Mitt Romney told Soledad O’Brien on Wednesday that he’s “not concerned about the very poor.” The video is below.
Damn Mitt, you are just a nightmare for your communications team, aren’t you? When you aren’t completely scripted you have no sense of how to talk. The proper message is “the Middle Class is the key to the economy and improving the economic conditions facing them will ignite this economy and help all Americans.” The proper message is not, “I’m not concerned about the very poor” and a diatribe about the importance of food stamps and Medicaid — Newt should seize on this and attack Mitt as the next Food Stamps President.
The most telling aspect of this unscripted moment is that Romney sees the social safety net as part of a permanent underclass rather than temporary assistance. Mitt’s words suggest that he feels the safety net exists for a static population of “poor” and that we don’t need to worry about creating opportunity for advancement but rather, keeping a sustainable system of table scraps. There was a day when the GOP attacked the social safety net for creating a permanent underclass addicted to benefits. That was an unfair portrayal of the system aimed at dismantling it, but Romney’s comments reveal that he believes in keeping the safety net for the express purpose of keeping the poor barely above subsistence. Providing opportunity for the poor is not part of his plans.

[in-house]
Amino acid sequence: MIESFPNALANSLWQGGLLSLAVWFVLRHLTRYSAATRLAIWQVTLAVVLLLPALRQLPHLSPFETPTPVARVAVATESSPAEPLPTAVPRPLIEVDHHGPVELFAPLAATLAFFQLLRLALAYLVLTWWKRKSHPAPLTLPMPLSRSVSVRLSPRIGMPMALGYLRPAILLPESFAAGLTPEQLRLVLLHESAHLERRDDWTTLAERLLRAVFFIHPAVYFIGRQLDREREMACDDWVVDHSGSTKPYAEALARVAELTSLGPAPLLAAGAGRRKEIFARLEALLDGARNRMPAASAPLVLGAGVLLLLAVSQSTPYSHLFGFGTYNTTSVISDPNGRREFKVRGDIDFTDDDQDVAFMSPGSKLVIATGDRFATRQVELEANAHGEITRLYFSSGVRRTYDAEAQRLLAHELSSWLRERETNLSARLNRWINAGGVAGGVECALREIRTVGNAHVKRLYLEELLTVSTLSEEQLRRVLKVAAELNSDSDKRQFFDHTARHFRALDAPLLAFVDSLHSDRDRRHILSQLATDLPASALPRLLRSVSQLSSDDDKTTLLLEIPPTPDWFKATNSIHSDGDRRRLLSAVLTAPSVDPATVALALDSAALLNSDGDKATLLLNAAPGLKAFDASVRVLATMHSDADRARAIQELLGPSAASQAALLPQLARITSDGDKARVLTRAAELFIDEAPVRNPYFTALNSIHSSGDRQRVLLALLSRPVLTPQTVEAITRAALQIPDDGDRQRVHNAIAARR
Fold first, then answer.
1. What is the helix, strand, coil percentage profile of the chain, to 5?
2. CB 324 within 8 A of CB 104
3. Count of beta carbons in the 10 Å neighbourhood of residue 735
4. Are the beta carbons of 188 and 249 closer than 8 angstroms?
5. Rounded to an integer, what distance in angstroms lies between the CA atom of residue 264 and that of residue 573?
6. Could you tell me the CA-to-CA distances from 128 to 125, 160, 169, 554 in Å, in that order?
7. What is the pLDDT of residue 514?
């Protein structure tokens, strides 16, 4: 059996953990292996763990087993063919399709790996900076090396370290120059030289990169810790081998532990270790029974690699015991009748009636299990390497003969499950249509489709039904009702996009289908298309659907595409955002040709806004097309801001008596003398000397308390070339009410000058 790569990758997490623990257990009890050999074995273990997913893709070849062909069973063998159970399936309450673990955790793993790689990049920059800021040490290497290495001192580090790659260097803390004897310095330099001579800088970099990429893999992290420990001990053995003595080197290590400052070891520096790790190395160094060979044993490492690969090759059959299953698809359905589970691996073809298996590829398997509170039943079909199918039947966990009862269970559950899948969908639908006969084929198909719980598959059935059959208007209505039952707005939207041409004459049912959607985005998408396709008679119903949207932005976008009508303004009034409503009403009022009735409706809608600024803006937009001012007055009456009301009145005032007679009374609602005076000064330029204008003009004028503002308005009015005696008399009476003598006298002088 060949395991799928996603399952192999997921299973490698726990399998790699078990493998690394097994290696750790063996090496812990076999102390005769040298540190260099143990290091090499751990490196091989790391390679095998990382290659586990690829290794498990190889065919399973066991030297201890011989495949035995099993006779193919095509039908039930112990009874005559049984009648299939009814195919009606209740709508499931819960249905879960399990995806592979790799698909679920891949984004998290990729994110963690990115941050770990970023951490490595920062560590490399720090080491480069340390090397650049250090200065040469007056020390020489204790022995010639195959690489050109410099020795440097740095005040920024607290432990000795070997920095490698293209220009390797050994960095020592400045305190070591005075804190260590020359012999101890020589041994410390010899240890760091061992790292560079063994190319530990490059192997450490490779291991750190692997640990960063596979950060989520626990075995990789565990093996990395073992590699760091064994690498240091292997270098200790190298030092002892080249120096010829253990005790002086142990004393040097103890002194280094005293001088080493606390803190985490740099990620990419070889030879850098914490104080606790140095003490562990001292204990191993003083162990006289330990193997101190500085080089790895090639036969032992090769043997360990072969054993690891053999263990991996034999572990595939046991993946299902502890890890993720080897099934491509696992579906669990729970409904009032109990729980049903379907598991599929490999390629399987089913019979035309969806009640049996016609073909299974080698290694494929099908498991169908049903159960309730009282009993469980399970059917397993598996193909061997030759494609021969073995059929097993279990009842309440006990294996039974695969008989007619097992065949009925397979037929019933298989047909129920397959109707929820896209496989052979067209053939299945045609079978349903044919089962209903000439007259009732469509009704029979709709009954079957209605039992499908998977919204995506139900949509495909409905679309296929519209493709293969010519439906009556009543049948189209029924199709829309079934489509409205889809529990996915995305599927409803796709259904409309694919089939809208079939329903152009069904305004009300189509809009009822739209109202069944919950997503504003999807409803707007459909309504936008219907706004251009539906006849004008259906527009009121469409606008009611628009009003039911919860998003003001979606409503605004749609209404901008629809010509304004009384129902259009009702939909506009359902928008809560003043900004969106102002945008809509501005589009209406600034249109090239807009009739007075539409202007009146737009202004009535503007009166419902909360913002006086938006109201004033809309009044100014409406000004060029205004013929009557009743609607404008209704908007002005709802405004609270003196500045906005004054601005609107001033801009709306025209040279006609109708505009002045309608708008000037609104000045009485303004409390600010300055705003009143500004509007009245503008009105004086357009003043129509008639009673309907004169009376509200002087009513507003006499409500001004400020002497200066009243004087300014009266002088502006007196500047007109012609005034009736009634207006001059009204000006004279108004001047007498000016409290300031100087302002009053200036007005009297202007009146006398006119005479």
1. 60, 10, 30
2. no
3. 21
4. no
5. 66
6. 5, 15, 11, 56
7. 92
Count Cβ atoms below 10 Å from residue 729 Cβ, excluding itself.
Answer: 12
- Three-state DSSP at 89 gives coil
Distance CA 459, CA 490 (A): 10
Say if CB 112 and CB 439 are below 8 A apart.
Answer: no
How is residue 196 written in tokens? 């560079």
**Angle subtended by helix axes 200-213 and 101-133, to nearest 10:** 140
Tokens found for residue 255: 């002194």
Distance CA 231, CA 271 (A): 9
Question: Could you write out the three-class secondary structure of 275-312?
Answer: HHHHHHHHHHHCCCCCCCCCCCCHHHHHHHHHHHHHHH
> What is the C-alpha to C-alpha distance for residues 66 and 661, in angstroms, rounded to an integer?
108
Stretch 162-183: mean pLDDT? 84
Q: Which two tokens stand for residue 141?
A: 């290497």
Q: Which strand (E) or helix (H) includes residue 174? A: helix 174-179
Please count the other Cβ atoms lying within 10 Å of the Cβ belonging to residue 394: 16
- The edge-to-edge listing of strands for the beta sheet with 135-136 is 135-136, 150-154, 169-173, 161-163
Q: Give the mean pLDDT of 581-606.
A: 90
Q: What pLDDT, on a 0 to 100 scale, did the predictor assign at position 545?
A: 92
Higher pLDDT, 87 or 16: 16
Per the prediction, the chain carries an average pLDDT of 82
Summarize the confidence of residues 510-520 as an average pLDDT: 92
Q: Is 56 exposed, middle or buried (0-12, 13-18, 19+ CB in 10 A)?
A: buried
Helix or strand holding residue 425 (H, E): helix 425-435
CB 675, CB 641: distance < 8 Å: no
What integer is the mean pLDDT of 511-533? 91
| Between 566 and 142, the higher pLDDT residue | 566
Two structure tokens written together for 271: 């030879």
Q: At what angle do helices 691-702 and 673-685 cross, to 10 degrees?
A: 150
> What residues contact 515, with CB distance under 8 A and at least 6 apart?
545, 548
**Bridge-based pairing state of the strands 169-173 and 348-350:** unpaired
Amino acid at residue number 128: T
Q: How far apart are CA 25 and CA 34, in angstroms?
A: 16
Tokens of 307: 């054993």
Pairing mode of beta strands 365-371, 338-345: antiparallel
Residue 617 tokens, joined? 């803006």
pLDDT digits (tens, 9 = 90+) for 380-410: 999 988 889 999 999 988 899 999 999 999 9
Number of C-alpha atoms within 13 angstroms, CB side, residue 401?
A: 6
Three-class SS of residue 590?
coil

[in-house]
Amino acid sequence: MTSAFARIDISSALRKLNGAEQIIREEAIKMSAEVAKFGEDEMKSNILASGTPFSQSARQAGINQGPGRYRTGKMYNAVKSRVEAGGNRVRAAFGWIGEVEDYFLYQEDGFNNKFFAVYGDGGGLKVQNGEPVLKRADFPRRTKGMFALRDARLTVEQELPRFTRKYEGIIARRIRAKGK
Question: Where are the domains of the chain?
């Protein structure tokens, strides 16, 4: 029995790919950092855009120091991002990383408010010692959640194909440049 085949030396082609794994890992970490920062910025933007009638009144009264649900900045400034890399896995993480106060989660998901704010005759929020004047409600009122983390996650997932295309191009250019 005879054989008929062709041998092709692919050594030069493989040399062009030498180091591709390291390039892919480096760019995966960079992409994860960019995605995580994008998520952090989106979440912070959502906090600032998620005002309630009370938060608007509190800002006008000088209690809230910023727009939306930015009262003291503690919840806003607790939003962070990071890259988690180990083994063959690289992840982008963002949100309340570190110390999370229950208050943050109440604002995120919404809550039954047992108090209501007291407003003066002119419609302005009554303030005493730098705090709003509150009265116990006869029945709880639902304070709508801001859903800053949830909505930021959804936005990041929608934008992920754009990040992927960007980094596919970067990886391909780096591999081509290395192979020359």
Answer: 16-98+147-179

After racking my brain I couldn’t think of a more eloquent response to a man with a fighting chance of becoming the President of the United States can say something like this than to remind all of us that America wasn’t always like this. Turning it over to another 1% politician…
I see one-third of a nation ill-housed, ill-clad, ill-nourished.
It is not in despair that I paint you that picture. I paint it for you in hope—because the Nation, seeing and understanding the injustice in it, proposes to paint it out. We are determined to make every American citizen the subject of his country’s interest and concern; and we will never regard any faithful law-abiding group within our borders as superfluous. The test of our progress is not whether we add more to the abundance of those who have much; it is whether we provide enough for those who have too little.
— President Franklin D. Roosevelt, 2nd Inaugural Address, January 20, 1937